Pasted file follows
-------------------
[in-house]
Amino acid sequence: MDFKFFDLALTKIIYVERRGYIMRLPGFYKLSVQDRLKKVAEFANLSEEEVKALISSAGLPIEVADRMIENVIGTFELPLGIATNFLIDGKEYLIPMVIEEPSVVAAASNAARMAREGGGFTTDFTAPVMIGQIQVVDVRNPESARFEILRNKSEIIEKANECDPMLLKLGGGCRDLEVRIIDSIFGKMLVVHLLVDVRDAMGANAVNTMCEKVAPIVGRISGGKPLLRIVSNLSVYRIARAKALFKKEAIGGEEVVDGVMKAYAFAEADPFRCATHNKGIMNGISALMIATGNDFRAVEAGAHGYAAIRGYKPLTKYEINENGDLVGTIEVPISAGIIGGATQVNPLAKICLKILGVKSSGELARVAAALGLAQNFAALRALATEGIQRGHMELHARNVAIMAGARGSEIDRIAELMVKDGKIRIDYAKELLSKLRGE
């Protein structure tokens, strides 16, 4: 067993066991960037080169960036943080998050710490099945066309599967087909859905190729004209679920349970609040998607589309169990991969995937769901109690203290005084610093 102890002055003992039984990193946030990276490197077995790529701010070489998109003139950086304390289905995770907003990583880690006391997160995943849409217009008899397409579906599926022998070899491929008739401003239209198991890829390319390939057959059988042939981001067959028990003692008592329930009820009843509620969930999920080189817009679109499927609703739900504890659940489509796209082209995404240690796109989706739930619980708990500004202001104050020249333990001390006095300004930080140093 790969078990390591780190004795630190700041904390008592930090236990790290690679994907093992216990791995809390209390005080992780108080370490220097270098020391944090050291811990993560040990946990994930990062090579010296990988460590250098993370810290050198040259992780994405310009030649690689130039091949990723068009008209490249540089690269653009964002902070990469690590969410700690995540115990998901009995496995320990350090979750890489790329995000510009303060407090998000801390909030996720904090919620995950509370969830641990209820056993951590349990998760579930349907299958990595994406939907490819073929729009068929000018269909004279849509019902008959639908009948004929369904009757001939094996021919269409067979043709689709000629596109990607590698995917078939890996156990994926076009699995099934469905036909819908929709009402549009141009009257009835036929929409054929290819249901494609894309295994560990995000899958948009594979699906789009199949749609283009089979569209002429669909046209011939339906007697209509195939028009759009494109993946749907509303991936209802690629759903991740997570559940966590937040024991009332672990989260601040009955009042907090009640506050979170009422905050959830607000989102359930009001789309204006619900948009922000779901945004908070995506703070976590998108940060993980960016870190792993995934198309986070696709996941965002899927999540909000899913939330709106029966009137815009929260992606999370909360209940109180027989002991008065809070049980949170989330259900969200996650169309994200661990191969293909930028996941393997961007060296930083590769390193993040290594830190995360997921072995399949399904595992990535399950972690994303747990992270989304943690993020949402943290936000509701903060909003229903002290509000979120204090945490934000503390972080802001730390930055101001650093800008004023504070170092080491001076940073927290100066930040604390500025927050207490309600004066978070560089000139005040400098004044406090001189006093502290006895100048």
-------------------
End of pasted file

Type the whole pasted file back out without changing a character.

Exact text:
[in-house]
Amino acid sequence: MDFKFFDLALTKIIYVERRGYIMRLPGFYKLSVQDRLKKVAEFANLSEEEVKALISSAGLPIEVADRMIENVIGTFELPLGIATNFLIDGKEYLIPMVIEEPSVVAAASNAARMAREGGGFTTDFTAPVMIGQIQVVDVRNPESARFEILRNKSEIIEKANECDPMLLKLGGGCRDLEVRIIDSIFGKMLVVHLLVDVRDAMGANAVNTMCEKVAPIVGRISGGKPLLRIVSNLSVYRIARAKALFKKEAIGGEEVVDGVMKAYAFAEADPFRCATHNKGIMNGISALMIATGNDFRAVEAGAHGYAAIRGYKPLTKYEINENGDLVGTIEVPISAGIIGGATQVNPLAKICLKILGVKSSGELARVAAALGLAQNFAALRALATEGIQRGHMELHARNVAIMAGARGSEIDRIAELMVKDGKIRIDYAKELLSKLRGE
């Protein structure tokens, strides 16, 4: 067993066991960037080169960036943080998050710490099945066309599967087909859905190729004209679920349970609040998607589309169990991969995937769901109690203290005084610093 102890002055003992039984990193946030990276490197077995790529701010070489998109003139950086304390289905995770907003990583880690006391997160995943849409217009008899397409579906599926022998070899491929008739401003239209198991890829390319390939057959059988042939981001067959028990003692008592329930009820009843509620969930999920080189817009679109499927609703739900504890659940489509796209082209995404240690796109989706739930619980708990500004202001104050020249333990001390006095300004930080140093 790969078990390591780190004795630190700041904390008592930090236990790290690679994907093992216990791995809390209390005080992780108080370490220097270098020391944090050291811990993560040990946990994930990062090579010296990988460590250098993370810290050198040259992780994405310009030649690689130039091949990723068009008209490249540089690269653009964002902070990469690590969410700690995540115990998901009995496995320990350090979750890489790329995000510009303060407090998000801390909030996720904090919620995950509370969830641990209820056993951590349990998760579930349907299958990595994406939907490819073929729009068929000018269909004279849509019902008959639908009948004929369904009757001939094996021919269409067979043709689709000629596109990607590698995917078939890996156990994926076009699995099934469905036909819908929709009402549009141009009257009835036929929409054929290819249901494609894309295994560990995000899958948009594979699906789009199949749609283009089979569209002429669909046209011939339906007697209509195939028009759009494109993946749907509303991936209802690629759903991740997570559940966590937040024991009332672990989260601040009955009042907090009640506050979170009422905050959830607000989102359930009001789309204006619900948009922000779901945004908070995506703070976590998108940060993980960016870190792993995934198309986070696709996941965002899927999540909000899913939330709106029966009137815009929260992606999370909360209940109180027989002991008065809070049980949170989330259900969200996650169309994200661990191969293909930028996941393997961007060296930083590769390193993040290594830190995360997921072995399949399904595992990535399950972690994303747990992270989304943690993020949402943290936000509701903060909003229903002290509000979120204090945490934000503390972080802001730390930055101001650093800008004023504070170092080491001076940073927290100066930040604390500025927050207490309600004066978070560089000139005040400098004044406090001189006093502290006895100048």